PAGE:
The MARKET for business Jets and Turbine Helicopters is nearly all leisure

The MARKET for business Jets and Turbine Helicopters is nearly all leisure

According to Qwilton Biel, chairman of the helicopter division of the New Zealand Aviation Industry Association, If you walk into our industry forum and talk about fractionals, the attendees will think you’re talking about math. It’s just not a concept that’s caught on in New Zealand. You can drive the whole country north to south in one day.

The MARKET for business jets and turbine helicopters is nearly all leisure, and foreign passengers create about 95 percent of the demand. Just eight business jets operate in country, three of which fly with a New Zealand Civil Aviation Authority (CAA) tail number.

Auckland based Air National, New Zealand’s largest charter operator, fields a fleet that includes a Jetstream 32 and Westwind II. Iain Ballantyne, the company’s business development manager, said, We know the expense of taking your own Gulfstream from the U.S., so our message is this: fly Air New Zealand from New York then run around New Zealand and the South Pacific on our Gulfstream or Westwind. I’m doing Air New Zealand a favor by advocating this approach, but we have no program with them.”

According to Ballantyne, Americans who come to the land of the Kiwi often come for the high-end golf courses. One dream destination for duffers is the lush course at Kauri Cliffs, Bay of Islands, which has been rated alongside one of the worlds top five course designs but at a fraction of the price.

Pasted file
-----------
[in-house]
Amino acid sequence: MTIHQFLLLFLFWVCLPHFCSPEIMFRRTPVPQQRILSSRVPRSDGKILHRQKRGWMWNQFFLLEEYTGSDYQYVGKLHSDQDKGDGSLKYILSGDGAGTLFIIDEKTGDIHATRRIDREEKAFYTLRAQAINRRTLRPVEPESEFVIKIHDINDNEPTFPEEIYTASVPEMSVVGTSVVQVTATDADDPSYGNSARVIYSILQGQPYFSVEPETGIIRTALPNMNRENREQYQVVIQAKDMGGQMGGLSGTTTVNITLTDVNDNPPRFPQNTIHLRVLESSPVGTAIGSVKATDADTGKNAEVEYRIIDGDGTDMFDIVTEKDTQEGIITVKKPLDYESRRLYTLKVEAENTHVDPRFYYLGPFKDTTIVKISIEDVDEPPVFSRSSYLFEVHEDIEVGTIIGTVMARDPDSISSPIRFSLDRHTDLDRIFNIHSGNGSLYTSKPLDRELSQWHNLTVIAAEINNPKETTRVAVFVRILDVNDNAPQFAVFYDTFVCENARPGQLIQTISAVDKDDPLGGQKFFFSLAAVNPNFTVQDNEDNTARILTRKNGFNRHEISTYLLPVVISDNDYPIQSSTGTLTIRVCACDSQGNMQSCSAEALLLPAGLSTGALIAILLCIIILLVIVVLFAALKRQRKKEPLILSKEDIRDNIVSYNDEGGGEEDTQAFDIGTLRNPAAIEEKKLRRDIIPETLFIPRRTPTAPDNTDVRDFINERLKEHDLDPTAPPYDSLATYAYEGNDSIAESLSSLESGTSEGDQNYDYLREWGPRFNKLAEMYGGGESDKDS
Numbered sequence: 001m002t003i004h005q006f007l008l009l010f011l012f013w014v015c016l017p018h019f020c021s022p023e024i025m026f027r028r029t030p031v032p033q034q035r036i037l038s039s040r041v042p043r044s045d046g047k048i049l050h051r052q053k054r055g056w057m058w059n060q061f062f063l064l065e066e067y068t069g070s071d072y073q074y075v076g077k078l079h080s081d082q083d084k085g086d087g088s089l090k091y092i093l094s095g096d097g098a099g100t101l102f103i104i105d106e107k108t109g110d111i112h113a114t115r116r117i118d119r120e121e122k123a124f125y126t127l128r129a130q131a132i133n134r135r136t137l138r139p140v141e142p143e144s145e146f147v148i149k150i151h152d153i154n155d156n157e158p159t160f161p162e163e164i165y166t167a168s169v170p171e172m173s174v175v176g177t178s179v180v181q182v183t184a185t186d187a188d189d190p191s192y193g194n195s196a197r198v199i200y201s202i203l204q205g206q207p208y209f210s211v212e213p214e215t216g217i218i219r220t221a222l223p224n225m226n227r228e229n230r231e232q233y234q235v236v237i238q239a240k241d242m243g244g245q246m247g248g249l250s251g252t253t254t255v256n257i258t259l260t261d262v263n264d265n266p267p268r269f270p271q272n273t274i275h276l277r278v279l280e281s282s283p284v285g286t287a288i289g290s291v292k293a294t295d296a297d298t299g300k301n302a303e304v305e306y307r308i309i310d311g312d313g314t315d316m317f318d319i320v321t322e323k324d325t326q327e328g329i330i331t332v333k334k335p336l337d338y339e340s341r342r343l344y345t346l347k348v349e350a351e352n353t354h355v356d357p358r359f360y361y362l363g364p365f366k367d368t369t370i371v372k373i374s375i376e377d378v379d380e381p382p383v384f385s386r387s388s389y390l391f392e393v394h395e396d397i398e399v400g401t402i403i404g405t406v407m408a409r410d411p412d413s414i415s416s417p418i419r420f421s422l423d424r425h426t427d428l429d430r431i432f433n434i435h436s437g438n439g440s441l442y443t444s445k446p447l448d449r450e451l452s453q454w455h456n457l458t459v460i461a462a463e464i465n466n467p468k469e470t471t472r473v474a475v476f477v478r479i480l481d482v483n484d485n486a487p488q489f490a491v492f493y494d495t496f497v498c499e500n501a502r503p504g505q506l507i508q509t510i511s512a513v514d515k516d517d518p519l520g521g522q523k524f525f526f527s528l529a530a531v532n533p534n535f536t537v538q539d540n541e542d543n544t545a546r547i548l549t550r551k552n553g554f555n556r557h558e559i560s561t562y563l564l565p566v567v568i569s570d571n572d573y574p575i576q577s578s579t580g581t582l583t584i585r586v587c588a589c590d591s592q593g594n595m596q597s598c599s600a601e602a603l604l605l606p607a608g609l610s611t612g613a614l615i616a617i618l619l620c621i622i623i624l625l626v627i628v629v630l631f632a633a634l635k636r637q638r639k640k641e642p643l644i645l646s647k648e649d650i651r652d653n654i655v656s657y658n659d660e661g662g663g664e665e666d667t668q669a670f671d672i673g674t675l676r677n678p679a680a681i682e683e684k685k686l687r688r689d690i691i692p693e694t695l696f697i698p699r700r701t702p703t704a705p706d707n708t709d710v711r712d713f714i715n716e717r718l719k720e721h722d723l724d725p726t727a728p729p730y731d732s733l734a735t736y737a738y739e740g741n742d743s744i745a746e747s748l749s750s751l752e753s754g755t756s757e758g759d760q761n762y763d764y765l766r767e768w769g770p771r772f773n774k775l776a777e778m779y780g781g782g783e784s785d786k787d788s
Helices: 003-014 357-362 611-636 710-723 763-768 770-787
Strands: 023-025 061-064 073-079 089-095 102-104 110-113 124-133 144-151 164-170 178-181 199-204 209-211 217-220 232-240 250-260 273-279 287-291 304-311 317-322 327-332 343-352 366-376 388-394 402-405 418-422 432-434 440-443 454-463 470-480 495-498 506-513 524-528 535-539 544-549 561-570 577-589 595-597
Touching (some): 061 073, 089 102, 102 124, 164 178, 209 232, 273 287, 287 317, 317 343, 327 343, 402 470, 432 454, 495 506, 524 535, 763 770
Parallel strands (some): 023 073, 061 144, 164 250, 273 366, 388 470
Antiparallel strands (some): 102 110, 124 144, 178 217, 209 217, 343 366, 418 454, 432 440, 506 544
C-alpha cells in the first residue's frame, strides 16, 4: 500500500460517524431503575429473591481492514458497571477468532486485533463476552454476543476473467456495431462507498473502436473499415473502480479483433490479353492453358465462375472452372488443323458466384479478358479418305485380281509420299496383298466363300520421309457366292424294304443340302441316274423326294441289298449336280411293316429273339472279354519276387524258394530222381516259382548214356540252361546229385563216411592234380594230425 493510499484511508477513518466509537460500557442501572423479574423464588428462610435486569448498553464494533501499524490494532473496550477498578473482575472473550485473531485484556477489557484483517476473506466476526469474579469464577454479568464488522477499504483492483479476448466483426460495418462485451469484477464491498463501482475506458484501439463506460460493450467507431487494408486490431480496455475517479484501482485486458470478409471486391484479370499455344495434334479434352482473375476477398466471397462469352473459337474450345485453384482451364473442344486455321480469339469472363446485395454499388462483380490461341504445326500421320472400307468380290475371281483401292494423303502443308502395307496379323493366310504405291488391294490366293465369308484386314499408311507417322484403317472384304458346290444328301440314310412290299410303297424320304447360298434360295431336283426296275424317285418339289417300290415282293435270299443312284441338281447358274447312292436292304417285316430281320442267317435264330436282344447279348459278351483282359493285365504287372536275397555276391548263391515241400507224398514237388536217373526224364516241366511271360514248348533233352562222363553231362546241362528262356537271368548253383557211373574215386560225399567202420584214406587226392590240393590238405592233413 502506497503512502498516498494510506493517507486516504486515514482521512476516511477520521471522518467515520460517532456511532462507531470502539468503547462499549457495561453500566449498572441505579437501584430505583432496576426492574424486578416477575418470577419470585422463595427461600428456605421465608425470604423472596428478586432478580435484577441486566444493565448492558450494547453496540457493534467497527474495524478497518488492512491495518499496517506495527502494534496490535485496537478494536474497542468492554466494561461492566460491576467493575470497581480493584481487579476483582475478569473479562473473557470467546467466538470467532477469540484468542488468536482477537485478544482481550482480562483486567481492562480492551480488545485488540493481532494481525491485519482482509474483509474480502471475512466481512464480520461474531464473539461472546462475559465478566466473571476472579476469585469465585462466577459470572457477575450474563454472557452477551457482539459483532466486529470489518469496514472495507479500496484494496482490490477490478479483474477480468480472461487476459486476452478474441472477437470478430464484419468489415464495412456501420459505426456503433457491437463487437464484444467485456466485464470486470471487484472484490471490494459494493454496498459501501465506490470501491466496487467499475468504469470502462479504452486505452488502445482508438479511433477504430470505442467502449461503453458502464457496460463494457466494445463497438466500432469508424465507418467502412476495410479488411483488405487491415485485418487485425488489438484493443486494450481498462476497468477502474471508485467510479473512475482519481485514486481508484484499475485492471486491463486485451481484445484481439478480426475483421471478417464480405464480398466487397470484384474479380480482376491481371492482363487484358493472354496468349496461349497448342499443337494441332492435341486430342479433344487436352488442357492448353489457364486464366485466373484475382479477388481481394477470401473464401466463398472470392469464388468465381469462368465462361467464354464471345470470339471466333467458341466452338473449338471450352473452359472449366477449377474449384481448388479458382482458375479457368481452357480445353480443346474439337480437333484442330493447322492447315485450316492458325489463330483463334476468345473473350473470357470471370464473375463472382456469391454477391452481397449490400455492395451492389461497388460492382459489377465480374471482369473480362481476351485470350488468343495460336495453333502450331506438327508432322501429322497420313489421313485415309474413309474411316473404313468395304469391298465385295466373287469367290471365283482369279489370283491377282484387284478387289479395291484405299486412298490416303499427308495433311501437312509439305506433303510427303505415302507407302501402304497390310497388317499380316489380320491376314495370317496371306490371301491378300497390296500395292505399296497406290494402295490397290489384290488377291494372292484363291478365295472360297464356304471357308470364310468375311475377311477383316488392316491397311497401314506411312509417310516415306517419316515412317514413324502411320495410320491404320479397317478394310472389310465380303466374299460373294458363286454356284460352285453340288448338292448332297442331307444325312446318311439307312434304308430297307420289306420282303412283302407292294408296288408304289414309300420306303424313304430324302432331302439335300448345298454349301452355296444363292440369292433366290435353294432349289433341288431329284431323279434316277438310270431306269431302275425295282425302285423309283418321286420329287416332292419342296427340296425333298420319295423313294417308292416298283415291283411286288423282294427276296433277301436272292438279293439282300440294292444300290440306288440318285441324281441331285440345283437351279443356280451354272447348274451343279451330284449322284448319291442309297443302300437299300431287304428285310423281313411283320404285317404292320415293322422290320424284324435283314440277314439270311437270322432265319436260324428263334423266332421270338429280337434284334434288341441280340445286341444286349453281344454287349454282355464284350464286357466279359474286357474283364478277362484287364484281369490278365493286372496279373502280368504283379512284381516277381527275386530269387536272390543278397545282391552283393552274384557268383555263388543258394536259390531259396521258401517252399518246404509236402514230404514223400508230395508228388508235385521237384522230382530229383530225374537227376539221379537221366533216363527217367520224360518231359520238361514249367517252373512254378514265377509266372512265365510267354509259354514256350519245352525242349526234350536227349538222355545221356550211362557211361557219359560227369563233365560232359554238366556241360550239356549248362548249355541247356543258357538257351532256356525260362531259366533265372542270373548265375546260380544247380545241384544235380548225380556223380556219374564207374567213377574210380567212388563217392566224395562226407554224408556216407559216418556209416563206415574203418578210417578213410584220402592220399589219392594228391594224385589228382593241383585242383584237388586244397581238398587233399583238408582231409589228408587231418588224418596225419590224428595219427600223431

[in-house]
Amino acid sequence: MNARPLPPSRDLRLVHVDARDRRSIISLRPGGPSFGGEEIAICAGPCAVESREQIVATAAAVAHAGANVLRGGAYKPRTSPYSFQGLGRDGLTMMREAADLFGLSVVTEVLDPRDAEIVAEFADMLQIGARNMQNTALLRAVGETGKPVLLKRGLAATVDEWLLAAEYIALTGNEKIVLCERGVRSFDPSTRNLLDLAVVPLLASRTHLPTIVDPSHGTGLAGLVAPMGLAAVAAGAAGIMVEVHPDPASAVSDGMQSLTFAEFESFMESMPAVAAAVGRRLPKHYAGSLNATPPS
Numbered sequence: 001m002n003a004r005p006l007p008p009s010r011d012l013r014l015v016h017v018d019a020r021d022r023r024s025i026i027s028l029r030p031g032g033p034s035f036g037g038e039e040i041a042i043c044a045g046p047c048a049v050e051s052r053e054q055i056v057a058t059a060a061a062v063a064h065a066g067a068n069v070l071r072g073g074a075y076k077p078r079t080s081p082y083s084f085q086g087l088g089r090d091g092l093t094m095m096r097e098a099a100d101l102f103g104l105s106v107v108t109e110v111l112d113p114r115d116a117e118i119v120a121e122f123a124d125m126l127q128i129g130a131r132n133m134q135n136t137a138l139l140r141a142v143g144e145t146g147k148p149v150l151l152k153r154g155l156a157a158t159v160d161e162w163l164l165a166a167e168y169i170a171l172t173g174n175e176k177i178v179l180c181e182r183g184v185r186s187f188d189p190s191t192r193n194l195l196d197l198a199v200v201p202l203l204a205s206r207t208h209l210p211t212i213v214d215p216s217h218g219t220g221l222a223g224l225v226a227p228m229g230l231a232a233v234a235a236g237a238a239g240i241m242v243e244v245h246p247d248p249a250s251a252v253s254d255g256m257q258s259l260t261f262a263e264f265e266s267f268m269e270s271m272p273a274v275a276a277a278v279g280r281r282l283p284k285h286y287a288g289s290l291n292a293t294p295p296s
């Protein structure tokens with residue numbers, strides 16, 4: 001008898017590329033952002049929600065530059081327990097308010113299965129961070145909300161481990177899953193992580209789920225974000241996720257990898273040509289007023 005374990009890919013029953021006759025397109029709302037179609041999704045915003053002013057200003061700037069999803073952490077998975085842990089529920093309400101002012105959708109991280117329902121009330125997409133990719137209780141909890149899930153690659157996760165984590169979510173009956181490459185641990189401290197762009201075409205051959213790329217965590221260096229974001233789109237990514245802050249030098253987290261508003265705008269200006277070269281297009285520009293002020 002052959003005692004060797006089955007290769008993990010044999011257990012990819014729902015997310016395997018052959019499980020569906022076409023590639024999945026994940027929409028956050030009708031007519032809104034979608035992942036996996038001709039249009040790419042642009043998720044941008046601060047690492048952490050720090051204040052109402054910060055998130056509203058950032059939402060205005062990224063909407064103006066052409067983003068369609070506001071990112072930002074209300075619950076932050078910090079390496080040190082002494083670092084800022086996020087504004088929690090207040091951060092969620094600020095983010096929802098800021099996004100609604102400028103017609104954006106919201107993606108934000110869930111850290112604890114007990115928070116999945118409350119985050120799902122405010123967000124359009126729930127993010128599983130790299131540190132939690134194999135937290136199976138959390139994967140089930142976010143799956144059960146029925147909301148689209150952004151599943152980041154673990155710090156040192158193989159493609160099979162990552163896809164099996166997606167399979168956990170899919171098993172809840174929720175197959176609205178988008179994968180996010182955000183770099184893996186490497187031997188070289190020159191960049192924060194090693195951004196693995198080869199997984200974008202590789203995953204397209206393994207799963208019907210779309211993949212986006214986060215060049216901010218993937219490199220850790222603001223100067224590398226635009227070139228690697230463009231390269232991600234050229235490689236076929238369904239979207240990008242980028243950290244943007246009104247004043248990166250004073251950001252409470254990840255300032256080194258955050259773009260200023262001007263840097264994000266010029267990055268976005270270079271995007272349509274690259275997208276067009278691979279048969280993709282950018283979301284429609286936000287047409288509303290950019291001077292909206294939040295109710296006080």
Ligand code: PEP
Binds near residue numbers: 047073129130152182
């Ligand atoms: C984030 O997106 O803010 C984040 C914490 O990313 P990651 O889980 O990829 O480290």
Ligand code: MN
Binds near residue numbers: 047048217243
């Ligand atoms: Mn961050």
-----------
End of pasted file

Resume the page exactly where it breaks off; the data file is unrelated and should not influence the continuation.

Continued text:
Frank Porter, a partner in law firm Buddle Findlay, advises carrier Air New Zealand on Aircraft documentation, registry and finance and has tried without success to foster a domestic business jet TRADE, including for fractional shares.

Corporate Aviation is sparse,said Porter And it’s unlikely to grow. Corporate offices tend to base in Sydney or in other big Australian cities, and these foreign offices will have the Aircraft. Some operators may be avoiding bringing an Aircraft onto the CAA registry to bypass being the first in the country. If a type is not already on the registry, there is more work in certification and requirements.

Aside from a handful of one man, entrepreneurial enterprises, We just don’t have the wealth here to support private ownership of business jets,said Porter. And we don’t have the security concerns the U.S. has. You can walk down to the cafĂ© and see the Prime Minister having lunch.There are no direct tax incentives to purchase a corporate aircraft, or the shareholder understanding of value.

New Zealand is in its peak of economic conditions, he said. So if corporate aviation were going to take off, it would have done so in the last couple of year.

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Mohini Porwal [ B Sc]
Trainee News Editor
New Zealand Aviation News Editor


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